Fort Nelson is free entry, with a small parking charge of £3.00, which is amazing value for money, despite that though, some people were parked on grass verges to get a completely free day.  We were given a ticket on arrival for parking, which we had to take to the reception desk, this was a result, as it meant not having to give up valuable change, as we could pay by card.

Simple journey, kids not too moany on arrival, easy parking and good weather; we were all set to see poppies.  This is going to be my only moan; the queues.  We queued for a bag search for at least 15 minutes, but the girls were easily entertained with climbing the fence and running around, making friends, so the queuing was not an issue for them.  After the bag search, we then queued again for another 5 minutes or so, to pay for the parking.  Apparently, without the parking ticket, we could have skipped that bit and gone straight into the museum at that point.  But, we had to pay so we paid and managed to steer the children past the gift shop, to then join another queue, which led into another queue to get up to see the poppies.  All in all, I would say that we queued for around 40 minutes.  But it was all very British and polite; to be completely honest the queuing system paid off, as when we finally made it to the wave, there were not crowds of people blocking the view and there were plenty of photo opportunities, without including random strangers in the back ground.

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The poppy wave is open to view until June 2018; it is really cleverly done and I believe, worth a trip to see, as it is something so different.  It is not huge, it only takes 5 or 10 minutes to walk around, pose for photos and generally take in, but after that there are plenty of other things to see.  We were given a free activity sheet for the children, but it was a little advanced for a 6 and 8-year-old, they entered into it though, as kids love a piece of paper and a pencil.

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Now, I wouldn’t say that we are interested in military or naval history, but we found that we enjoyed the time at the rest of the museum far more than we expected, in fact, we had even planned to move on to Porchester Castle afterwards but ended up running out of time.  There are walls to walk around, tunnels to explore, indoor machinery, tanks and guns to look around, as well as an indoor museum with lots of history to see.  There were guns that had been turned into a sort of computer game, which you had to pay £1 for, but proved very popular.  There were things to touch and play with; the girls tried their hands at semaphore.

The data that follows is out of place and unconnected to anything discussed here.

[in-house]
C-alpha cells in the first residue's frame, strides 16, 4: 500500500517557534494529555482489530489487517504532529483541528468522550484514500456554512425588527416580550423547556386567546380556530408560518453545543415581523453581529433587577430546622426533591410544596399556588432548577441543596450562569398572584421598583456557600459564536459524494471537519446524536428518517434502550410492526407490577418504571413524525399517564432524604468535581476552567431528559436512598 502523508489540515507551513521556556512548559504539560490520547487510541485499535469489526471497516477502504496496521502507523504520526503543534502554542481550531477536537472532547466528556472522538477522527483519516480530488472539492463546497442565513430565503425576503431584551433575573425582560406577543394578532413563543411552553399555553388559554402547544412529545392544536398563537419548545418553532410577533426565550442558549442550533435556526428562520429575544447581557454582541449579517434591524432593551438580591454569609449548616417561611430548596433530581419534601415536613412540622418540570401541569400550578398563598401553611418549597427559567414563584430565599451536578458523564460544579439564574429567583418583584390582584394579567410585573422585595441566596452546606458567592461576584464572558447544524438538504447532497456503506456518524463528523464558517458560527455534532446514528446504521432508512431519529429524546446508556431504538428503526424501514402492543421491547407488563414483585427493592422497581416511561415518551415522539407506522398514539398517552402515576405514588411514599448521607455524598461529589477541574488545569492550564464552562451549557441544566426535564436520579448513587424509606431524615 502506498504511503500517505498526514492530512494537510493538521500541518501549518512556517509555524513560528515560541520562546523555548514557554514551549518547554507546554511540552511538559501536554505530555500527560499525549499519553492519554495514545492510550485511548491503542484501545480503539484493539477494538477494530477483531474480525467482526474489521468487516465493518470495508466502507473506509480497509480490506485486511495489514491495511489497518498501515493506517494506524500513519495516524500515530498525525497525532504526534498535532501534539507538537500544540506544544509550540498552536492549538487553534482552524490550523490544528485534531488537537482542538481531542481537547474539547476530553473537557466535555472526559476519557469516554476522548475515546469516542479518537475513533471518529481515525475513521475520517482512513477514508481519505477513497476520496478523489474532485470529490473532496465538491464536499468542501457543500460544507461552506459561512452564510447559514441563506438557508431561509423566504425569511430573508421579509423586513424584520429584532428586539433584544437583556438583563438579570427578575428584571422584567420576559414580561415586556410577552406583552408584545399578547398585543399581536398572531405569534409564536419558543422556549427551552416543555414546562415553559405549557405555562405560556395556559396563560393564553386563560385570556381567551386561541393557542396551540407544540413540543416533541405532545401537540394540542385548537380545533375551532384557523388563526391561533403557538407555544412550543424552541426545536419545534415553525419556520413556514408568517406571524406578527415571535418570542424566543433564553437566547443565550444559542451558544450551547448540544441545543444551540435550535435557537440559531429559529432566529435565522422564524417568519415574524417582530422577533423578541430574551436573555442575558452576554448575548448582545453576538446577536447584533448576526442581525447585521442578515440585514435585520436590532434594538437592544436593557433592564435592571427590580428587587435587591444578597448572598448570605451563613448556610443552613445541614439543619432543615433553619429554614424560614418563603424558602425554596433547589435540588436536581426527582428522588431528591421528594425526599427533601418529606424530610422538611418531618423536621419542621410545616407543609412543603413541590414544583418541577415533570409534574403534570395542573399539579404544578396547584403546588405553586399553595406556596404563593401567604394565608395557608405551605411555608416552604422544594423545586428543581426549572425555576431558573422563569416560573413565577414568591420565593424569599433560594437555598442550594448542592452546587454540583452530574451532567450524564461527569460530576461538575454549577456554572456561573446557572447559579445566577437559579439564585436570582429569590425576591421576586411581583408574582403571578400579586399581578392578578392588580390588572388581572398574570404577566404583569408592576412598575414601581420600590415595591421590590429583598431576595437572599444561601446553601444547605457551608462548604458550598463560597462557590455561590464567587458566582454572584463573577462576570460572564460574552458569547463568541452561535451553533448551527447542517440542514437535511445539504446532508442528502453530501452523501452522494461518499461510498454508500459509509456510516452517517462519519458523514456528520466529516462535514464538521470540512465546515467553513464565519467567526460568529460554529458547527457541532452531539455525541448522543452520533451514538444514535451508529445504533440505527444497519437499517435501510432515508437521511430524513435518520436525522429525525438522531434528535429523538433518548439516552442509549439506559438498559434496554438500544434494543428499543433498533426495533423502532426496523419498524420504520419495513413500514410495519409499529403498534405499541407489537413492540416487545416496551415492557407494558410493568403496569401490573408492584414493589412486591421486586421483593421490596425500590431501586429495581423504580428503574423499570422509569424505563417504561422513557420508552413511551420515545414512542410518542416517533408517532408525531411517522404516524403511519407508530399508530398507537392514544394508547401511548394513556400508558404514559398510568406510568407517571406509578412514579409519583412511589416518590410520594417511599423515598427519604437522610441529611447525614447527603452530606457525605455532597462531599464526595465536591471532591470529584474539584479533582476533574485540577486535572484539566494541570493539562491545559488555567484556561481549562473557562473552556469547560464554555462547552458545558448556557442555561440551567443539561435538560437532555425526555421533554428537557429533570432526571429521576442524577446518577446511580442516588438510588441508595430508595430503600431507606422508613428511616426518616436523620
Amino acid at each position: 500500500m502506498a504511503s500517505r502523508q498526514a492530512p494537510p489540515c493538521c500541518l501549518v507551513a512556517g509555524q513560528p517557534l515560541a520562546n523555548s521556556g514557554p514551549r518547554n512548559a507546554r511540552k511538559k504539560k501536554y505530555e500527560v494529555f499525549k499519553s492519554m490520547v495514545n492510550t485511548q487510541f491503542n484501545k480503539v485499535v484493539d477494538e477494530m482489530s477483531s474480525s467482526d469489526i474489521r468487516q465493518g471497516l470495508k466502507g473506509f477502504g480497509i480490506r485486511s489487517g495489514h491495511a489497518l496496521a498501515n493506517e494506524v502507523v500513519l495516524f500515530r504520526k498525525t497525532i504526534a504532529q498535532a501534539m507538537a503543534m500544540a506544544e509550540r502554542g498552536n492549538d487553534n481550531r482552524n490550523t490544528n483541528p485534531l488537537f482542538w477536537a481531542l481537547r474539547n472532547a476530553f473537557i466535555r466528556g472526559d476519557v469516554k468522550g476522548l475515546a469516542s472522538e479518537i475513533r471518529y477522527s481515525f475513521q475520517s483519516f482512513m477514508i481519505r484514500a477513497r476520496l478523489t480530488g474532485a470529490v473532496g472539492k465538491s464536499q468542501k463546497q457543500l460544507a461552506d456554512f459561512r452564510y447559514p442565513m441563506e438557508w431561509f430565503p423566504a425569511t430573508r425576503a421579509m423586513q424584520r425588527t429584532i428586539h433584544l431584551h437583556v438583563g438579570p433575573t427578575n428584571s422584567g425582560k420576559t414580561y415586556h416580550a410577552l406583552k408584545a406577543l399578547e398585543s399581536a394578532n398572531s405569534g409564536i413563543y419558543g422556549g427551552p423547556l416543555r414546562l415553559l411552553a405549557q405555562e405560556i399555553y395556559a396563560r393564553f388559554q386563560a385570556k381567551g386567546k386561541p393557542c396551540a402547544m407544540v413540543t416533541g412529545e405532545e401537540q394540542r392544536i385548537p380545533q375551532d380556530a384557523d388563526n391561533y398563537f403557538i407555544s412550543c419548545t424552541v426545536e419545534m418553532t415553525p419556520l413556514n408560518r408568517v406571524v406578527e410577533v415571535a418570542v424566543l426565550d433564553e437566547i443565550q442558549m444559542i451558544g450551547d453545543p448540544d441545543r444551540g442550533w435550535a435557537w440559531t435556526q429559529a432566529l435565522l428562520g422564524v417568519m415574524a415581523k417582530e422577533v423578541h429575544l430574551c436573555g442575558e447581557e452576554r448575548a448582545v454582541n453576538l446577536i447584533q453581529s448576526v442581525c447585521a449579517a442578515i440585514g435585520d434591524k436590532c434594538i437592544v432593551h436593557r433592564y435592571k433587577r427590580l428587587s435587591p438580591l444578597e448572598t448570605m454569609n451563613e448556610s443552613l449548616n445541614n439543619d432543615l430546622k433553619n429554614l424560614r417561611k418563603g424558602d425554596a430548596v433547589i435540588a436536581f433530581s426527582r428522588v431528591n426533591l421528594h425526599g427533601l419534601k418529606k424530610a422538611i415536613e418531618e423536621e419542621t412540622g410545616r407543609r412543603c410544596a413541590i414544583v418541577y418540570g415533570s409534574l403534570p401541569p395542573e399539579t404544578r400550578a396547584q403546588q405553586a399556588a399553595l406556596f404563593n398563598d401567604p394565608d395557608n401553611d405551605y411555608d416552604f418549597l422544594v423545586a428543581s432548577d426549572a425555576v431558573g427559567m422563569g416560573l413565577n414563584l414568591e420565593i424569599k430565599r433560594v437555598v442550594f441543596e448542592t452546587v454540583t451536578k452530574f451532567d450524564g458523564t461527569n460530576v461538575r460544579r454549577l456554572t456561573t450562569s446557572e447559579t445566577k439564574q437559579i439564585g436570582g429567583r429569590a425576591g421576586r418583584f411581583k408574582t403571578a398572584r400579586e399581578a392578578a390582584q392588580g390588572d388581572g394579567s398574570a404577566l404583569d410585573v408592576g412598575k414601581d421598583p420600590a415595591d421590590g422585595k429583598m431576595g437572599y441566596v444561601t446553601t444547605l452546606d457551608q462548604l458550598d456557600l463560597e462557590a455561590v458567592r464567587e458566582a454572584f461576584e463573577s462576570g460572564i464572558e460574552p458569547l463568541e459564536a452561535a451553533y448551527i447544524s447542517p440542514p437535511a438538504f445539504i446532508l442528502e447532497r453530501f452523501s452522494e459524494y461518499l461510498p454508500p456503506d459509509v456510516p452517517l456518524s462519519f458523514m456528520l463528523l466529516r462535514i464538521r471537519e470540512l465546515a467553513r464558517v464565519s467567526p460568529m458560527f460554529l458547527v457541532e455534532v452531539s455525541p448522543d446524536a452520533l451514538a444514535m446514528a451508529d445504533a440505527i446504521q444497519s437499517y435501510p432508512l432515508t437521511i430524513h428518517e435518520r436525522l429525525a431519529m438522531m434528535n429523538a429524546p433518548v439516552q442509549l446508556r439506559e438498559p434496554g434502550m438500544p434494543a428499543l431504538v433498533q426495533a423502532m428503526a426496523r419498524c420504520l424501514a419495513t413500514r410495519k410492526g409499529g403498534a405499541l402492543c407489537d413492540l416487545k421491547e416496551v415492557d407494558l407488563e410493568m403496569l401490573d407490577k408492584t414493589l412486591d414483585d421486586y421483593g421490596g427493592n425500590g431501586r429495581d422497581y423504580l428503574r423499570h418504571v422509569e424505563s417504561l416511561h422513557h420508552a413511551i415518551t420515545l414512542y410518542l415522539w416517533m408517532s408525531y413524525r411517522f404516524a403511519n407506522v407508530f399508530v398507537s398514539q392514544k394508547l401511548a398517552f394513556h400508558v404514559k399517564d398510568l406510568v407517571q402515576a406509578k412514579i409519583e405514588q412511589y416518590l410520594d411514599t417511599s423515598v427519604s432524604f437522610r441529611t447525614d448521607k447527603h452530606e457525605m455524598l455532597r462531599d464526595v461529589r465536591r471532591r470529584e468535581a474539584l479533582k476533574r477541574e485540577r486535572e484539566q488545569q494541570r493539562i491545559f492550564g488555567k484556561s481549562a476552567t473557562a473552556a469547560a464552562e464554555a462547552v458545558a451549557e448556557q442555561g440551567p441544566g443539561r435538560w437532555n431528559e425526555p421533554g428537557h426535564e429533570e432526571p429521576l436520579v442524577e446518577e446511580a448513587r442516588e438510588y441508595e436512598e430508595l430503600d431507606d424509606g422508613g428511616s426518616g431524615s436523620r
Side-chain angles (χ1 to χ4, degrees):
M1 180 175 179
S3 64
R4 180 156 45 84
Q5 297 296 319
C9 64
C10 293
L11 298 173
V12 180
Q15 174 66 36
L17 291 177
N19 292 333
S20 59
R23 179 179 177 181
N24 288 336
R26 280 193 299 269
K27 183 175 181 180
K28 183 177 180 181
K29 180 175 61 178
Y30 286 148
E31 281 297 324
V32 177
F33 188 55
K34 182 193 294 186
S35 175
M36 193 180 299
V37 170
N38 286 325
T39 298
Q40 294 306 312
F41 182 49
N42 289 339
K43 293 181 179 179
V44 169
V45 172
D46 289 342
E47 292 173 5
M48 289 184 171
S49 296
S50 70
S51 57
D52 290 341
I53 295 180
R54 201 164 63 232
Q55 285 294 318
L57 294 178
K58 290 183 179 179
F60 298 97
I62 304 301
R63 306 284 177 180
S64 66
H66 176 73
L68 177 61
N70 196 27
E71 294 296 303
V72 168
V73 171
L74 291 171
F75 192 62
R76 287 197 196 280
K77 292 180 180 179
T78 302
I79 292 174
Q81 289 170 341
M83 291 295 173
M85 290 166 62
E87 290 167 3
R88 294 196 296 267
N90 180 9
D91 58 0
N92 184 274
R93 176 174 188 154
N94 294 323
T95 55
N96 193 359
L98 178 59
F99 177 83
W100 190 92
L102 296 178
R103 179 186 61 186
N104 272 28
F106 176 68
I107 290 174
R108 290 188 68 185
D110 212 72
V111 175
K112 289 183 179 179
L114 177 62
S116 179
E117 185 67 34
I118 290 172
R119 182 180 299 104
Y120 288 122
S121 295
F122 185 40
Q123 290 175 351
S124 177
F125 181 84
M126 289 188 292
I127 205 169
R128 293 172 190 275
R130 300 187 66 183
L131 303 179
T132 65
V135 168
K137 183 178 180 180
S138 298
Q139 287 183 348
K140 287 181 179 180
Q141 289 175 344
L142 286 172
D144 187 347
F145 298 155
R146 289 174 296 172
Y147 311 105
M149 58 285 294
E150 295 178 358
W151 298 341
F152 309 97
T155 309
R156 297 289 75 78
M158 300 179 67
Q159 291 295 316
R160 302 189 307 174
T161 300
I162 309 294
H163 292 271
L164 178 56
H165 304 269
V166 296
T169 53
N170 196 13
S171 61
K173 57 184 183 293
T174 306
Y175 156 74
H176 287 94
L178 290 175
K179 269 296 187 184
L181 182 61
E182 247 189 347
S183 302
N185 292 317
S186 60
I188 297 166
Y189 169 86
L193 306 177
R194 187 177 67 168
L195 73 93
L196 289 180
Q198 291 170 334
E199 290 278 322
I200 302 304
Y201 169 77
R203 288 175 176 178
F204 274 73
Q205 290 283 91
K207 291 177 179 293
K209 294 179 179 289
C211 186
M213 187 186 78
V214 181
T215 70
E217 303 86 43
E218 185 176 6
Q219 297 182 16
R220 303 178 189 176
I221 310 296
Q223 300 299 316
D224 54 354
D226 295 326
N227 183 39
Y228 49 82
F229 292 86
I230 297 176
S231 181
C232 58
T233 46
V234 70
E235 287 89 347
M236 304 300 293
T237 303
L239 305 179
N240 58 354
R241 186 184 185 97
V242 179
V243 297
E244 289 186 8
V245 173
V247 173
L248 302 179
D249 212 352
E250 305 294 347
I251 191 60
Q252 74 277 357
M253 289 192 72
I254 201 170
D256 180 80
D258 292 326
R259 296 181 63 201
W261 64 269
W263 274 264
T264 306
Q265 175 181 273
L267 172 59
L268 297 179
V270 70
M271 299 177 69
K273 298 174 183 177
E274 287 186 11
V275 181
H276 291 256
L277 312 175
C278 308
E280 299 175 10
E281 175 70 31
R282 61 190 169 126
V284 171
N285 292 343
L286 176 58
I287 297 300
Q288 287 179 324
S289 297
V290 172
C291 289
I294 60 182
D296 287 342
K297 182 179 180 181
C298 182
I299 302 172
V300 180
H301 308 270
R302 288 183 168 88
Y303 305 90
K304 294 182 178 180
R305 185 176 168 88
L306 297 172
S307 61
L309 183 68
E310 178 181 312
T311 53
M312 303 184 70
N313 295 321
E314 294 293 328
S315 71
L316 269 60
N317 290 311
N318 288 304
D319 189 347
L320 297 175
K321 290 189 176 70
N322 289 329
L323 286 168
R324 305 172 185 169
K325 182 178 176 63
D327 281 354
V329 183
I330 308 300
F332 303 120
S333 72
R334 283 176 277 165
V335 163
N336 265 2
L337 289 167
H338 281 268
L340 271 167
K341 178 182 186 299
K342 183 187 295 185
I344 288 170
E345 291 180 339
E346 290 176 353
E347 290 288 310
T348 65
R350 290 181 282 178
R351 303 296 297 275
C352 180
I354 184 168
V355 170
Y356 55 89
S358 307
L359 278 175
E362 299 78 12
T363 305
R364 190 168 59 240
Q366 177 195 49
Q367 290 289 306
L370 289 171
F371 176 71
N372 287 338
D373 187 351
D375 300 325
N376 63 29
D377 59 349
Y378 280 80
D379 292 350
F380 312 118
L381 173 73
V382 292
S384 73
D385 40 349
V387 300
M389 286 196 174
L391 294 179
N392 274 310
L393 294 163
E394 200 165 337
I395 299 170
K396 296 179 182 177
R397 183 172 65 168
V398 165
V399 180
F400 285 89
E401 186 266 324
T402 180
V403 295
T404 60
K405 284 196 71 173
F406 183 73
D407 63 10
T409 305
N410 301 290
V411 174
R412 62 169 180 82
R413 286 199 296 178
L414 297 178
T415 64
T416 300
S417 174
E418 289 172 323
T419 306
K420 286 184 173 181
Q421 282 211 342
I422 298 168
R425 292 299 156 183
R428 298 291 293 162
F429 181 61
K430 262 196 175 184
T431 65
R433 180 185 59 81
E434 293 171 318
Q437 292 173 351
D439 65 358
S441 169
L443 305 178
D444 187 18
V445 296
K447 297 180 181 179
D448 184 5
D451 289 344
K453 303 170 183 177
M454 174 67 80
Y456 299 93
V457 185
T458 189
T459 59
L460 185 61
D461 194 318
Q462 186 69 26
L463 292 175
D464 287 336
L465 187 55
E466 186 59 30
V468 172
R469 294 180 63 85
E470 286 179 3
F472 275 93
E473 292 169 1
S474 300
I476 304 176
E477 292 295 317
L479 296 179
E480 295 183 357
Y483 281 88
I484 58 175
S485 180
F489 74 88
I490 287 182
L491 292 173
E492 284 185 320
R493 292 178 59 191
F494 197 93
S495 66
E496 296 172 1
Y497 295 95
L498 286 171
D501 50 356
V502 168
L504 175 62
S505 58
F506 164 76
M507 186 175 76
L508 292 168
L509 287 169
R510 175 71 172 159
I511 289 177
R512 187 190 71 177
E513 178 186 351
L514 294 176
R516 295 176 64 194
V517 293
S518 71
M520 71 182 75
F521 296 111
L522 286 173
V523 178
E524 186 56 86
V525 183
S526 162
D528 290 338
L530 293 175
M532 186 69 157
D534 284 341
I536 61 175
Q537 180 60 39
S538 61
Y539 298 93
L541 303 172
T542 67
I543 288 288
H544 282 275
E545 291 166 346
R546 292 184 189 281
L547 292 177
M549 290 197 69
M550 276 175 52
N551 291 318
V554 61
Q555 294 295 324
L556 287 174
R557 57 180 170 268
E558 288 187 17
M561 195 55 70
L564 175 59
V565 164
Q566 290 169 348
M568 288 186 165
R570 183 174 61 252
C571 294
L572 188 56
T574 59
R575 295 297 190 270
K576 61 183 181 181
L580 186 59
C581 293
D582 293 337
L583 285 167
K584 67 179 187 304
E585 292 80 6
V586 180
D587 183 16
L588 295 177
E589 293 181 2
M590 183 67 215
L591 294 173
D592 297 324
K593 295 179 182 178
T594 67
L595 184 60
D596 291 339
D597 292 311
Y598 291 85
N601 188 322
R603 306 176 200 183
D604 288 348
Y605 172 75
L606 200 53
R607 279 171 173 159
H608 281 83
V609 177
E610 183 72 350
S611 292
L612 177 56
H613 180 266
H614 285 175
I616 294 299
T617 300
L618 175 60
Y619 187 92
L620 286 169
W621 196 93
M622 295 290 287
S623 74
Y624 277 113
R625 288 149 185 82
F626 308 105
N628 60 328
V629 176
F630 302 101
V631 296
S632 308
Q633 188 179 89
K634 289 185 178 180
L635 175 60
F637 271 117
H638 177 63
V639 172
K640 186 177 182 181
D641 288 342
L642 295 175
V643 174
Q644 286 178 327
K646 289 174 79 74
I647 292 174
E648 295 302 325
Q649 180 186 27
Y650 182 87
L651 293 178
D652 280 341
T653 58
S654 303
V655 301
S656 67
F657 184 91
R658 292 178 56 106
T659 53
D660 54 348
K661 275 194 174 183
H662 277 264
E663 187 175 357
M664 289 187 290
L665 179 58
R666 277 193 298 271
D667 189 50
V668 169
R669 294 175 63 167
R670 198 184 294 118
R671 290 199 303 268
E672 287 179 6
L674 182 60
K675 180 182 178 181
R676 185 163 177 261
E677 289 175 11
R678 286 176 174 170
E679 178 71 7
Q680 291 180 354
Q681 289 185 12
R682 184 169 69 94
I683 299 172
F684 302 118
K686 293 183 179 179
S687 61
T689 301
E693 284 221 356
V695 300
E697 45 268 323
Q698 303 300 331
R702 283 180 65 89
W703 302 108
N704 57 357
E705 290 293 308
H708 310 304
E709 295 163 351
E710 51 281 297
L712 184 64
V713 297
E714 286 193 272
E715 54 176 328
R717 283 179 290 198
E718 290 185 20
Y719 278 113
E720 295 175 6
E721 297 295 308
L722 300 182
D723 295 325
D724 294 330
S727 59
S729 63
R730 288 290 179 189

There is a café in a marquee, so I am not completely sure that is always there or just there for the poppy display, but it was spacious and clean.  The food was the usual high price, but good quality.  The obligatory sandwich box for the kids and even a gluten free sandwich option for us difficult to feed people.  Outside was an ice cream stand that looked like it was permanent, but we managed to steer them away from that, having already bought snacks in the café. There are plenty of picnic benches and places to eat, so a café trip is not necessary, which could make this a really cheap day out.

Loads of toilets; extras had been brought in, which were the portacabin type with the blue water, which the girls thought was hysterical.

Access is a bit up and down, but there are lifts and flat areas, buggies are no problem, but I couldn’t’ say how easy it would be with a wheelchair, I saw some people carrying a wheelchair down the stairs but did wonder why they hadn’t used the lift.

No dogs allowed, which could be an issue for some, but for us, it was a dream as my two are both terrified of them.

As with every museum, there is a gift shop, which can be a torturous process.  But there was a selection of reasonably priced kid’s items, divided into boy’s and girl’s items, which I thought was quite funny, but needless to say, my two followed the gender divide as intended.  We left with a couple of pens and a keyring for just over £5.00, as there was a £1.00 discount if you had paid for parking.

All in all, it was a relaxed and simple family day out.  We could have stayed longer in the museum, or let the children run around on the grass areas more than we did, so it could easily have covered a whole day.  Even though, much of it is indoors, I would recommend a dry day for it as the running around part seemed to be the highlight for my two.

The disclaimer part: I was not asked to do this, or paid for it, the opinions are mine and just offered as a review of our time there.